I’ve long been tinkering with mechanical design and fabrication, but until quite recently my workshop resources have been quite meager.  As the son of a carpenter, it was only natural that everything I built in my early years was made of wood.  During high school, I progressed to building things out of aluminum extrusion stock from the local home center, using the most primitive of shop tools like hacksaws, drills and files.  My early interests focused primarily on robotics, and I built a lot of projects in this fashion.

Some time around 2007, a coworker showed me his CNC mill/lathe conversion in his basement, and I was blown away.  I never quite shook the idea, and within a couple of years I embarked on my own journey by buying a manual milling machine and converting it to CNC.  Not long after the mill conversion, I added a lathe to the shop.  An interest in welding followed, and I now have a small MIG setup on long-term loan from a friend.  Once I could make raw parts, I started to get interested in part finishing, and have started exploring that space by putting together a modest powder coating setup.  This is all serious “introducing fire to the cave man” stuff, as I have been a life-long maker, just lacking the proper tools.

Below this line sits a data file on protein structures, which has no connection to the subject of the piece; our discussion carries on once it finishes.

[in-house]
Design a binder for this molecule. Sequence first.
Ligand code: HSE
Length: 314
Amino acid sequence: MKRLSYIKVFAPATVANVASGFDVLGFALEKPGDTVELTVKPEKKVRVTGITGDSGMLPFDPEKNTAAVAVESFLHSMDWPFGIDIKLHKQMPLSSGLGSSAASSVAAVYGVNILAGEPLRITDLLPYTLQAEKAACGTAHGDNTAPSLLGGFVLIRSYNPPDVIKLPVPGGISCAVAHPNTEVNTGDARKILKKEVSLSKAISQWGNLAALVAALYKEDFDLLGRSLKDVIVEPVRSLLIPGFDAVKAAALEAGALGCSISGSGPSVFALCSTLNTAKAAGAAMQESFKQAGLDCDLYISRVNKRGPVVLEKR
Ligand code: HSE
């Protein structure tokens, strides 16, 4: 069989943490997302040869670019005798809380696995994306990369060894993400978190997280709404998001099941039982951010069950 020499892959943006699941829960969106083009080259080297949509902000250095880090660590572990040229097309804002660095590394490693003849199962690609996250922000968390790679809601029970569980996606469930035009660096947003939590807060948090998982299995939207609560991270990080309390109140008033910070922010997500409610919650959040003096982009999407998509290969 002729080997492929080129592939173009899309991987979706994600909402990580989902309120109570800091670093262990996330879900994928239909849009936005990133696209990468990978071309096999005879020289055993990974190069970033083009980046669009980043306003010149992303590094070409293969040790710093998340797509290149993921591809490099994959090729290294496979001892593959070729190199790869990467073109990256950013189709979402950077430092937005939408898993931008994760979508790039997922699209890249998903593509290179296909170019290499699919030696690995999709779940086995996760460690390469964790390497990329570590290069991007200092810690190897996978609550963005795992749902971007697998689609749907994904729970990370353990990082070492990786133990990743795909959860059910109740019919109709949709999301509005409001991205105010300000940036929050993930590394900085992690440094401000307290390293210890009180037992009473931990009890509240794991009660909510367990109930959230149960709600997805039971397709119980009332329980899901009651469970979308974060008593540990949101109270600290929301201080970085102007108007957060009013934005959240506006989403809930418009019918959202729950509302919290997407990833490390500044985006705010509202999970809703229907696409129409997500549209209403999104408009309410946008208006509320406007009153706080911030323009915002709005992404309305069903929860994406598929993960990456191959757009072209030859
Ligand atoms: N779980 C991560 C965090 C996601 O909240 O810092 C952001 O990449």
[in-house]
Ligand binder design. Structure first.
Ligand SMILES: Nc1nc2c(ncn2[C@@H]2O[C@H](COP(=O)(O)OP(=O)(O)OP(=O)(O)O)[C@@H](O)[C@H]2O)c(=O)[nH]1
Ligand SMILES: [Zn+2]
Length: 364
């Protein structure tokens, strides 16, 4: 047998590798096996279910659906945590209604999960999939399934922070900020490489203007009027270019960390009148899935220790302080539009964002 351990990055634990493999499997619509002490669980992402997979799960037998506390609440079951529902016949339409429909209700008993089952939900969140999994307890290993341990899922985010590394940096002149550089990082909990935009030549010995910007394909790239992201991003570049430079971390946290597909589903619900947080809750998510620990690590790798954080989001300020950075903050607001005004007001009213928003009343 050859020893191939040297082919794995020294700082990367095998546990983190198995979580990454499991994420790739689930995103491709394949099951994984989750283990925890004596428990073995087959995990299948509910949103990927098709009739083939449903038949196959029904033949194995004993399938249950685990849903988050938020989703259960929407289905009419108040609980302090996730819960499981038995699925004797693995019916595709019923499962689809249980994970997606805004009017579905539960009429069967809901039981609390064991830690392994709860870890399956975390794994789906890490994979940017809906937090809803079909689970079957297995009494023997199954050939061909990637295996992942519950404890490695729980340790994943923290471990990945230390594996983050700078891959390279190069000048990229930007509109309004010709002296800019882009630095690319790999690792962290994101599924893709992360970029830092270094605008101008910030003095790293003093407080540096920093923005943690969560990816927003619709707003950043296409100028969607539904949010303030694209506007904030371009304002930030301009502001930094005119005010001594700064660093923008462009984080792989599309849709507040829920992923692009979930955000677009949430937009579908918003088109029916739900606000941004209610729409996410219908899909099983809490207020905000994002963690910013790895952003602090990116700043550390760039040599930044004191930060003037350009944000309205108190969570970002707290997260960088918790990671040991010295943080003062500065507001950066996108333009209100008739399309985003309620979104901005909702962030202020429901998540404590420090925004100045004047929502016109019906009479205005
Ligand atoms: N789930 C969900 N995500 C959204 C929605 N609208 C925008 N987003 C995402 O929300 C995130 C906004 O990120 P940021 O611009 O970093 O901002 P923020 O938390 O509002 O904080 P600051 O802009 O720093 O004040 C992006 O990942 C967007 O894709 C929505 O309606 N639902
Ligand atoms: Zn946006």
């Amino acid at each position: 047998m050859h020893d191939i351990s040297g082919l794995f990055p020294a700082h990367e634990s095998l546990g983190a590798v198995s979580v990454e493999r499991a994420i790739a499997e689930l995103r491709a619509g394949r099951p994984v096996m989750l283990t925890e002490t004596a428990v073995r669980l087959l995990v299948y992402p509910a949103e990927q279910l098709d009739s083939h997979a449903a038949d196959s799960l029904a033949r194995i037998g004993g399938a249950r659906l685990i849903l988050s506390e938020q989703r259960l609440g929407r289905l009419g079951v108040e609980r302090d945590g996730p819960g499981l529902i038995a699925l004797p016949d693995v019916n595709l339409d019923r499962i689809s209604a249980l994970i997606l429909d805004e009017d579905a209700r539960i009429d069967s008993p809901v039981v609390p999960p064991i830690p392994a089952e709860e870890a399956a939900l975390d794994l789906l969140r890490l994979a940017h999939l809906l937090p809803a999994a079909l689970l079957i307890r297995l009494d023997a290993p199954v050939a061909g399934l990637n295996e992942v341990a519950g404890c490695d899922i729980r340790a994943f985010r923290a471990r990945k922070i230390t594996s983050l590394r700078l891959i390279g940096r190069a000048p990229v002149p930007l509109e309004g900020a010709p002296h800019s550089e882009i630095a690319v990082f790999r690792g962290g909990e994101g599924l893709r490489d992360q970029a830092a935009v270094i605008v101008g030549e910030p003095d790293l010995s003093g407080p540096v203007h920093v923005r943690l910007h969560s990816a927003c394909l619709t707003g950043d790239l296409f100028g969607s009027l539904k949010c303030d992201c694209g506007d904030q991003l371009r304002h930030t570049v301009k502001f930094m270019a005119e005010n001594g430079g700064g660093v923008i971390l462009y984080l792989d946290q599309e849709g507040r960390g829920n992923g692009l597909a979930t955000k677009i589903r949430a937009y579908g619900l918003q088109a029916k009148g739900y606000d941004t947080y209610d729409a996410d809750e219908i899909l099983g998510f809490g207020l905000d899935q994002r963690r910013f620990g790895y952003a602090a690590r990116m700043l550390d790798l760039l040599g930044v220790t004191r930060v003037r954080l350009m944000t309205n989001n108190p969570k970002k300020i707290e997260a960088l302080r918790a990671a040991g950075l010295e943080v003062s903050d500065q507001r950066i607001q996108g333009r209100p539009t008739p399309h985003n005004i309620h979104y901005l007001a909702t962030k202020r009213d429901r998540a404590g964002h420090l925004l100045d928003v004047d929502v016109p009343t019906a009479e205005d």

The addition to these tools to my shop has meant an acceptance of a new path of life-long learning.  I can’t hope to be 1/10th the craftsman a professional machinist is, but it still means a lot to me to improve the quality of my work.  Likewise, I have no formal engineering background on the mechanical side of things (I’m a software and electronics engineer), but I do have a relatively good intuitive sense for how to design and build mechanical things, and there’s always opportunity to learn more.

Featured Mechanical Projects